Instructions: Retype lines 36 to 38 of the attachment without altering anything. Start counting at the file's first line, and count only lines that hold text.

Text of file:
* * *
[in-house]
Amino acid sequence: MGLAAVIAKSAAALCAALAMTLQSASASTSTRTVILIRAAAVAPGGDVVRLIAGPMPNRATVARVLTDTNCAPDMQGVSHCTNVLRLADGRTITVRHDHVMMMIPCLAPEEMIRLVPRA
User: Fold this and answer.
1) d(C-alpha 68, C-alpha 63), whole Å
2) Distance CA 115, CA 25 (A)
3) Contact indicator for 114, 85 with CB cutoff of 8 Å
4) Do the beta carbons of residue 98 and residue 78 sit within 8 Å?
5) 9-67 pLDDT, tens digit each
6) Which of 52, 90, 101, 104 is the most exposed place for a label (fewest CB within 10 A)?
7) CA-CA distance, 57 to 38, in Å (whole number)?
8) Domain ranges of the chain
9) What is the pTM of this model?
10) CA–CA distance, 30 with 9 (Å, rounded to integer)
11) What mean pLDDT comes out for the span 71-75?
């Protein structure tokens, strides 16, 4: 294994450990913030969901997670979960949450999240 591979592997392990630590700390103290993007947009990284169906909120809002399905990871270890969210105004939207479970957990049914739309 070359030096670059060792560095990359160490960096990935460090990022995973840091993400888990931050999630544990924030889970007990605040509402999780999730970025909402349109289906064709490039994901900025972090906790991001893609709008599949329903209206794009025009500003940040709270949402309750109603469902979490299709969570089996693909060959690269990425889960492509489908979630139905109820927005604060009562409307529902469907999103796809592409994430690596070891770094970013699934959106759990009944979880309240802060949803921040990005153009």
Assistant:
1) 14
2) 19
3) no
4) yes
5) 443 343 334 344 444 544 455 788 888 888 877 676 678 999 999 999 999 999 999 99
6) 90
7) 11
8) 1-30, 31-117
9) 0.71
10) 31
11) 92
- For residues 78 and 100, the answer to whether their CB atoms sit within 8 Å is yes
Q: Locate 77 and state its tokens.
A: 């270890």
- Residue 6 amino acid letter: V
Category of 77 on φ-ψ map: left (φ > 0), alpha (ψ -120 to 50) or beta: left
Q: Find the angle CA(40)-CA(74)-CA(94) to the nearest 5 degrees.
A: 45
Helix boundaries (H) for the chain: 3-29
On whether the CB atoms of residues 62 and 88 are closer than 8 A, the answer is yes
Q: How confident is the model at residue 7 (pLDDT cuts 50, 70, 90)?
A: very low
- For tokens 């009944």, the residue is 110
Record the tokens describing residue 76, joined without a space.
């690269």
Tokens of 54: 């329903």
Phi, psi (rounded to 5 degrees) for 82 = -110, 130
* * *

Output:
On whether the CB atoms of residues 62 and 88 are closer than 8 A, the answer is yes
Q: How confident is the model at residue 7 (pLDDT cuts 50, 70, 90)?
A: very low